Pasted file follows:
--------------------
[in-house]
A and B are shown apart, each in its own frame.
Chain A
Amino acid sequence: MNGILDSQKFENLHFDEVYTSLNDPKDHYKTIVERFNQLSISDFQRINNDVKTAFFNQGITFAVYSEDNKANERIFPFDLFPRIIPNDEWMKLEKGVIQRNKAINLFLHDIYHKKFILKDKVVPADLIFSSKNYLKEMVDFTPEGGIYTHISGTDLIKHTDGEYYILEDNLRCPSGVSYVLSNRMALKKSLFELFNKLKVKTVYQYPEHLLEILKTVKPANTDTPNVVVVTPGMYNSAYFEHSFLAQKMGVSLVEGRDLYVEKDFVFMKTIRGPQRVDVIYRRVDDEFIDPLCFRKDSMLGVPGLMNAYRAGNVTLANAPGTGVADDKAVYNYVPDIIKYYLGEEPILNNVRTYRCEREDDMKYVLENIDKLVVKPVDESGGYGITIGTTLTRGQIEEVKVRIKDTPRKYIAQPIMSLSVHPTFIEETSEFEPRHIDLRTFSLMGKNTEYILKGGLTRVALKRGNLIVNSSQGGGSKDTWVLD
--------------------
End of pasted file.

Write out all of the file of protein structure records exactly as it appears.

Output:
[in-house]
A and B are shown apart, each in its own frame.
Chain A
Amino acid sequence: MNGILDSQKFENLHFDEVYTSLNDPKDHYKTIVERFNQLSISDFQRINNDVKTAFFNQGITFAVYSEDNKANERIFPFDLFPRIIPNDEWMKLEKGVIQRNKAINLFLHDIYHKKFILKDKVVPADLIFSSKNYLKEMVDFTPEGGIYTHISGTDLIKHTDGEYYILEDNLRCPSGVSYVLSNRMALKKSLFELFNKLKVKTVYQYPEHLLEILKTVKPANTDTPNVVVVTPGMYNSAYFEHSFLAQKMGVSLVEGRDLYVEKDFVFMKTIRGPQRVDVIYRRVDDEFIDPLCFRKDSMLGVPGLMNAYRAGNVTLANAPGTGVADDKAVYNYVPDIIKYYLGEEPILNNVRTYRCEREDDMKYVLENIDKLVVKPVDESGGYGITIGTTLTRGQIEEVKVRIKDTPRKYIAQPIMSLSVHPTFIEETSEFEPRHIDLRTFSLMGKNTEYILKGGLTRVALKRGNLIVNSSQGGGSKDTWVLD